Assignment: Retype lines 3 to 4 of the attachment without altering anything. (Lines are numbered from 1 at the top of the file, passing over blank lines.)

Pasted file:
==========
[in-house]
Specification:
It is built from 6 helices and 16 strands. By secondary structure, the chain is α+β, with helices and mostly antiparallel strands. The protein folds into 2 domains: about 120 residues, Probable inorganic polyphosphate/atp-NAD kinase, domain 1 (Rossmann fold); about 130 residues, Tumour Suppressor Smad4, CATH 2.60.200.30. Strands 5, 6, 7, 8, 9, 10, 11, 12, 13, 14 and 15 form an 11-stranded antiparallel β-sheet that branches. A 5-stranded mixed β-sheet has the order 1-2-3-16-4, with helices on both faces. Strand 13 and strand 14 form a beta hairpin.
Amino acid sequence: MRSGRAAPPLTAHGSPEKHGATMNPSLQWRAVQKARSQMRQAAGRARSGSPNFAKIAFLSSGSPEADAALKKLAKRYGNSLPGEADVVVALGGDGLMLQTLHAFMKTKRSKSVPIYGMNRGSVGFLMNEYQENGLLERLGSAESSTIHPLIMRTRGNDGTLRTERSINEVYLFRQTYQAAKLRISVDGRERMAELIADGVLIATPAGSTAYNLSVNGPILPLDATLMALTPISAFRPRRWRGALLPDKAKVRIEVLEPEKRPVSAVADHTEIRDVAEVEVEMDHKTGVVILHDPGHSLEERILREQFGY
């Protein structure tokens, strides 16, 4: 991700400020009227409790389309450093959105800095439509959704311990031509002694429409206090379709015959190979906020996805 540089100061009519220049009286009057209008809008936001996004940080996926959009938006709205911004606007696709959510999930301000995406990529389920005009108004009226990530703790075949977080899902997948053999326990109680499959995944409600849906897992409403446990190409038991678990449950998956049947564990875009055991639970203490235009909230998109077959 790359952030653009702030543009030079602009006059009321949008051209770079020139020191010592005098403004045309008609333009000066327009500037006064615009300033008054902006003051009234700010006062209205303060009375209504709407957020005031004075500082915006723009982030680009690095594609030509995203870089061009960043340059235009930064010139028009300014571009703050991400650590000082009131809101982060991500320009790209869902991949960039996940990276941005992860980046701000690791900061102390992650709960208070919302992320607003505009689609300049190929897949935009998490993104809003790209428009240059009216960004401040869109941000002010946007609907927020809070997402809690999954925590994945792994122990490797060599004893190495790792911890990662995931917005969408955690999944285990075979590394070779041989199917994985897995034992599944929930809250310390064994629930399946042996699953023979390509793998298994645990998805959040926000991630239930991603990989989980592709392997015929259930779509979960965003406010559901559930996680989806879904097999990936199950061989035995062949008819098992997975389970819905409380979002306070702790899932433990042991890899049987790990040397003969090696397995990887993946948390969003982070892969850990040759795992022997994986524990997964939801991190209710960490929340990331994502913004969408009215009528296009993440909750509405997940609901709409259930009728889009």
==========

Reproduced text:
It is built from 6 helices and 16 strands. By secondary structure, the chain is α+β, with helices and mostly antiparallel strands. The protein folds into 2 domains: about 120 residues, Probable inorganic polyphosphate/atp-NAD kinase, domain 1 (Rossmann fold); about 130 residues, Tumour Suppressor Smad4, CATH 2.60.200.30. Strands 5, 6, 7, 8, 9, 10, 11, 12, 13, 14 and 15 form an 11-stranded antiparallel β-sheet that branches. A 5-stranded mixed β-sheet has the order 1-2-3-16-4, with helices on both faces. Strand 13 and strand 14 form a beta hairpin.
Amino acid sequence: MRSGRAAPPLTAHGSPEKHGATMNPSLQWRAVQKARSQMRQAAGRARSGSPNFAKIAFLSSGSPEADAALKKLAKRYGNSLPGEADVVVALGGDGLMLQTLHAFMKTKRSKSVPIYGMNRGSVGFLMNEYQENGLLERLGSAESSTIHPLIMRTRGNDGTLRTERSINEVYLFRQTYQAAKLRISVDGRERMAELIADGVLIATPAGSTAYNLSVNGPILPLDATLMALTPISAFRPRRWRGALLPDKAKVRIEVLEPEKRPVSAVADHTEIRDVAEVEVEMDHKTGVVILHDPGHSLEERILREQFGY